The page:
Prior solutions to the static and discharge problems have centered around containers for the circuit boards, such as plastic bags or cartons, which are rendered conductive with an appropriate antistatic agent. Chemical agents for providing antistatic properties are disclosed, for example, in U.S. Pat. No. 3,405,001. Examples of known antistatic containers for electronic parts are provided in U.S. Pat. Nos. 4,293,070 and 4,231,901. The '070 patent discloses a container composed entirely of paperboard coated on the inside surfaces with conductive carbon black particles to prevent an outside static electricity charge from passing through the container. In the '901 patent, a urethane foam having electrically conductive properties is used to wrap electronic components to protect them from static charge. The foam contains a binding agent and is impregnated generally uniformly therethrough with an electrically conductive amount of an electrically conductive particulate material, e.g. carbon-black, silver, aluminum, or a metal salt. U.S. Pat. No. 4,223,368 discloses an electrostatic discharge protection device adapted to be clipped onto edge connectors of a circuit card assembly. The device includes a shunt for electrically short circuiting the edge connectors of the card.
When removing circuit cards from electronic mainframes, it is inconvenient to re-package the boards in individual storage containers such as the cartons or bags described above. However, it is imperative that such boards be stored, for future use, in a manner which will protect them against damage from electrostatic discharge. It would therefore be advantageous to provide a storage facility, such as a cabinet or other container, into which the circuit boards can be placed for convenient retrieval when needed, and which protects the circuit boards and the components thereon from damage due to electrostatic discharge. Such a cabinet should provide flexibility in terms of the types and sizes of circuit boards which it can accomodate.
The present invention relates to an adjustable antistatic shelf for such a storage cabinet or like container.
In accordance with the present invention, an antistatic shelf for adjustably supporting electronic circuit boards in a storage cabinet is provided. The shelf comprises a base having parallel planar top and bottom surfaces. A plurality of parallel rail pairs extends outwardly from the top surface of the base. The rails in each pair are spaced apart a first distance, and adjacent rail pairs are spaced from each other by a second distance. A complimentary plurality of rail pairs extends outwardly from the bottom surface of the base and in alignment with the rail pairs extending from the top surface. Means are provided for adjustably mounting the base in a storage cabinet. The shelf is molded as a unit from a conductive plastic.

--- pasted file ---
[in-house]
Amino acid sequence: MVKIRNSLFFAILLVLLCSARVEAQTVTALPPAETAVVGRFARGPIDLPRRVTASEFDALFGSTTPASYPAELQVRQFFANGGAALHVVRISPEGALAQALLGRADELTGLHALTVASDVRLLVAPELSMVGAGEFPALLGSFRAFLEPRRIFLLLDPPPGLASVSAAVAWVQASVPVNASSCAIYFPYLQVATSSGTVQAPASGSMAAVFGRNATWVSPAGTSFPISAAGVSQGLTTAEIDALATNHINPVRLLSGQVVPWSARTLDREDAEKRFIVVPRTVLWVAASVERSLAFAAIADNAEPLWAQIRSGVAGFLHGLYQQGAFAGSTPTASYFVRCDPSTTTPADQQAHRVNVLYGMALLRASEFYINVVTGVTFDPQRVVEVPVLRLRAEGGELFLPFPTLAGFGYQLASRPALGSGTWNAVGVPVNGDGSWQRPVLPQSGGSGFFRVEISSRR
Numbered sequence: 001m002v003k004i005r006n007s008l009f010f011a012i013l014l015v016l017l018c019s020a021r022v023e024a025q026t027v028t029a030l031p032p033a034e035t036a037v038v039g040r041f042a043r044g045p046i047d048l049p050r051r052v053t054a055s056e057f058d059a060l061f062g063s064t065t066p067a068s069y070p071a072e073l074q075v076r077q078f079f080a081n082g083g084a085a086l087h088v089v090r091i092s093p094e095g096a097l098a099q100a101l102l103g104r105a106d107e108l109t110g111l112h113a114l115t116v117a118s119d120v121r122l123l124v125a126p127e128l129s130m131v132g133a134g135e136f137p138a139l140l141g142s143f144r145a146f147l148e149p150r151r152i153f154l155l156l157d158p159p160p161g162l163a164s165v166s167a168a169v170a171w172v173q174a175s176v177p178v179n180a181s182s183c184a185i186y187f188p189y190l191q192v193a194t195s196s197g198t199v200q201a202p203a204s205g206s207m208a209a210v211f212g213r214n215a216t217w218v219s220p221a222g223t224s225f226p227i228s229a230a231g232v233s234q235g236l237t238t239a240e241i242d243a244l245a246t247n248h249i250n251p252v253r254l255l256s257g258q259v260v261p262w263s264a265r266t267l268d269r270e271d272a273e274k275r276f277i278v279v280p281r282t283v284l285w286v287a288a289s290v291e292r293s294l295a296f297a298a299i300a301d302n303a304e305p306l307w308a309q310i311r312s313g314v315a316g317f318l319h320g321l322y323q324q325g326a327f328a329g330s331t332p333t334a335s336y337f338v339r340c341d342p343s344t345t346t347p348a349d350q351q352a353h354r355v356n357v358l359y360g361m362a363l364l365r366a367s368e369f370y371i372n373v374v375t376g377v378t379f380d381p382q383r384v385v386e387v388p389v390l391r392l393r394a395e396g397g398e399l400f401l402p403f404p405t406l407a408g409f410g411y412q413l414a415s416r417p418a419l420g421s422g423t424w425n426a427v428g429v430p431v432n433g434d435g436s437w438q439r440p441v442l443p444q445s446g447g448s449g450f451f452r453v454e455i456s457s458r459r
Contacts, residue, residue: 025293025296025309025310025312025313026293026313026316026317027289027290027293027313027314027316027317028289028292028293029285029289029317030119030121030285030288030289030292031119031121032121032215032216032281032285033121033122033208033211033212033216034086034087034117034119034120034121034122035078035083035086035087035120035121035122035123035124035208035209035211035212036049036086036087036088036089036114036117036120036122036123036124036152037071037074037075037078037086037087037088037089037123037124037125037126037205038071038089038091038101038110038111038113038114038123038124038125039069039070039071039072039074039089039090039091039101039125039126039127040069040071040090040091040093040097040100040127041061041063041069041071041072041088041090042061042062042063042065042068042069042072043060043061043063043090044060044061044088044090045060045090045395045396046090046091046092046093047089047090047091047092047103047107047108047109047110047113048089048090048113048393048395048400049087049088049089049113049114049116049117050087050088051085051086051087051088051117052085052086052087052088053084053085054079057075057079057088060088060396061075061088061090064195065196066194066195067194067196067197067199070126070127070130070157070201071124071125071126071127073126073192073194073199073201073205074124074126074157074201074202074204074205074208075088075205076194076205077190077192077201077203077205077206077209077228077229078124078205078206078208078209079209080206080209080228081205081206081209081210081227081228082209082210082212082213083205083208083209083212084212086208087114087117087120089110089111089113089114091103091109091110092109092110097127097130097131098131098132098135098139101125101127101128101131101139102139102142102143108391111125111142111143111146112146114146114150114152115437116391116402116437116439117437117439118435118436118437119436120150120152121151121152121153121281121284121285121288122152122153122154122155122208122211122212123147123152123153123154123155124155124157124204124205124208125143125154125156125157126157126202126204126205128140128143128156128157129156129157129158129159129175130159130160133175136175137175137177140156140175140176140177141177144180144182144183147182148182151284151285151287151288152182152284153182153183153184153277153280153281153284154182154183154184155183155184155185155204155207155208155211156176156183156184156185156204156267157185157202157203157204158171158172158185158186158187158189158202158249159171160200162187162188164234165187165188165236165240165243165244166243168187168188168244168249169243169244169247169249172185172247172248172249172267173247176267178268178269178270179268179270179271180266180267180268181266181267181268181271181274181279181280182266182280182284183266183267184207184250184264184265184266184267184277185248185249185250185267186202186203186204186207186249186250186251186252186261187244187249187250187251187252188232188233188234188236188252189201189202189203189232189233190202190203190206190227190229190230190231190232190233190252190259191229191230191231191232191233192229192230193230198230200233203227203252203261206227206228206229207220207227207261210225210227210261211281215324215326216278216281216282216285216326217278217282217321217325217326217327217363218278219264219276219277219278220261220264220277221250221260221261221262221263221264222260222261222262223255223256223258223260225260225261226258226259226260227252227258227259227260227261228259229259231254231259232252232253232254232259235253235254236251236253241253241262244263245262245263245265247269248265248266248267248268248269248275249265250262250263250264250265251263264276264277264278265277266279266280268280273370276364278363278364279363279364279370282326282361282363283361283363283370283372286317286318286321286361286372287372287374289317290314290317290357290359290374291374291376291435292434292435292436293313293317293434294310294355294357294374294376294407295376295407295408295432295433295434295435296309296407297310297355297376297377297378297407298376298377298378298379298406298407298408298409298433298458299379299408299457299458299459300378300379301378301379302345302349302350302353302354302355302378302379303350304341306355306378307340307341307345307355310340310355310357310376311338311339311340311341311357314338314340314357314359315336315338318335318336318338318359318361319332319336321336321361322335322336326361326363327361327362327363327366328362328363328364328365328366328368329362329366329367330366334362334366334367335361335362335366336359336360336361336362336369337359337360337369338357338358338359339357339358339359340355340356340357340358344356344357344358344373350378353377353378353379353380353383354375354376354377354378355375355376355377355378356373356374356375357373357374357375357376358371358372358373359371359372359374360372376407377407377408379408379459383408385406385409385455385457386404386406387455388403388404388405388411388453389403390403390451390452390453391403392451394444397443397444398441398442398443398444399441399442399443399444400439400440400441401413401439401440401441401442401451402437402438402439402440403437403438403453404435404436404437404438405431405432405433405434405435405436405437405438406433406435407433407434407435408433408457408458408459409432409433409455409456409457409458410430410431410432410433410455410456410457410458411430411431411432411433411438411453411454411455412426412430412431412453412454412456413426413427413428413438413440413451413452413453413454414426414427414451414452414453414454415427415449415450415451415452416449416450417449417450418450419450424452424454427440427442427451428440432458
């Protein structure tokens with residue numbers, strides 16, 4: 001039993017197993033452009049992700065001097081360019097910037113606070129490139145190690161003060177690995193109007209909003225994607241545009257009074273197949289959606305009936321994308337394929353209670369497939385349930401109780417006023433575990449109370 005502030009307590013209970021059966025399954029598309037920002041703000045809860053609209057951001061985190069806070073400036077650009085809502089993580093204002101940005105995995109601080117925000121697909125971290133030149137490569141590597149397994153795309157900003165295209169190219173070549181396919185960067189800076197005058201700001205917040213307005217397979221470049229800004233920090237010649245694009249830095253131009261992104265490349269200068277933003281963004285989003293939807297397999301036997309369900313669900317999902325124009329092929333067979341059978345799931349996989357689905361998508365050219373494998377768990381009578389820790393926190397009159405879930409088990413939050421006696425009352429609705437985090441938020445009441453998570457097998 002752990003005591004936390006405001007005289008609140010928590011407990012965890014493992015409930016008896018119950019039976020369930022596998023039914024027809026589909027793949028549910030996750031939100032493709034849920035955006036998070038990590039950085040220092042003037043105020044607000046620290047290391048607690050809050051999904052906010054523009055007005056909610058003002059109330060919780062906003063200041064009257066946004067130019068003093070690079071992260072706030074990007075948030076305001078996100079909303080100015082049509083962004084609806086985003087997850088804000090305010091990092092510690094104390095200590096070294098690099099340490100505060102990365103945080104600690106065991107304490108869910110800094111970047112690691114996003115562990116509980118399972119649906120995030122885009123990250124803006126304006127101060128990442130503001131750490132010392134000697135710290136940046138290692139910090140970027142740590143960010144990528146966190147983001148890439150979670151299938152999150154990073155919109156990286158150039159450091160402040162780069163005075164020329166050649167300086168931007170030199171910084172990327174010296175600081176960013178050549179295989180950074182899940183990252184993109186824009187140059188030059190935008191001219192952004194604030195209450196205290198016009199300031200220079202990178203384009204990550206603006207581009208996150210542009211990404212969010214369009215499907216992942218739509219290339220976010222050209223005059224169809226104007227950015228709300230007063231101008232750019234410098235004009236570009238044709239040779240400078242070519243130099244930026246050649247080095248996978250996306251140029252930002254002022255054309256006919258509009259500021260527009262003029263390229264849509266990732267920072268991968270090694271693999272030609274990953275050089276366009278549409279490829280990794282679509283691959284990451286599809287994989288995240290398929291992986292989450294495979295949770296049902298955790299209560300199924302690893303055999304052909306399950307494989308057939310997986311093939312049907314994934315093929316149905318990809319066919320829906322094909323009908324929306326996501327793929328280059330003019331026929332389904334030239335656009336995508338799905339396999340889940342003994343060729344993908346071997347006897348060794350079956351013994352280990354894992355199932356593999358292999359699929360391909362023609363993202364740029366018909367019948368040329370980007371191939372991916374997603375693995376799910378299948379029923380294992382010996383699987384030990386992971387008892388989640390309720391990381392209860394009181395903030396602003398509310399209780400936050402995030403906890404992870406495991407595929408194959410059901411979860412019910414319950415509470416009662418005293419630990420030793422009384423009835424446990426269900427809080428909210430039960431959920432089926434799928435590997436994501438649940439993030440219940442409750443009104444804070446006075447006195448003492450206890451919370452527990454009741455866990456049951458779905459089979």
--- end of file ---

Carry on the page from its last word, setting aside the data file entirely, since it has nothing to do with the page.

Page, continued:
In use, several shelves are arranged in a storage cabinet in a stacked arrangement. The spacing between successive shelves is determined by the height of circuit boards to be stored between those shelves. A circuit board to be stored is slid into grooves formed in the top surface of a lower shelf and corresponding grooves in the bottom surface of an upper shelf mounted directly above the lower shelf. Different height circuit boards are easily accomodated by adjusting the separation between the lower and upper shelves. Different width circuit boards are accomodated by variable width grooves provided on the shelves. Thus, for example, if the rails in each rail pair forming the grooves are closer together than the rails of adjacent rail pairs, a thin circuit board would be supported between the rails of a rail pair, and a relatively thicker circuit board would be supported between the rails of adjacent rail pairs.
Further objects and advantages of the invention will become apparent from the following description and claims, and from the accompanying drawings, wherein:
FIG. 1 is a perspective view of a shelf in accordance with the present invention;
FIG. 2 is a detail view of a corner of the shelf illustrating its mounting to a track within a storage cabinet;
FIG. 3 is a partial side view illustrating one corner of the shelf after it has been mounted to the storage cabinet track;
FIG. 4 is a partial front view illustrating a corner of the shelf mounted in a storage cabinet;
FIG. 5 is a perspective view of two shelves mounted on tracks of a storage cabinet illustrating the storage and placement of circuit boards; and
FIG. 6 is a front view of a plurality of shelves mounted on tracks of a storage cabinet illustrating how the shelves may be vertically adjusted to store circuit boards of different heights.
The shelf of the present invention is adapted to be mounted in a storage cabinet of the type disclosed in copending U.S. patent application Ser. No. 645,054, entitled "Plug-In Circuit Board Storage Cabinet" and assigned to the assignee of the present application. The disclosure of said copending application is incorporated herein by reference.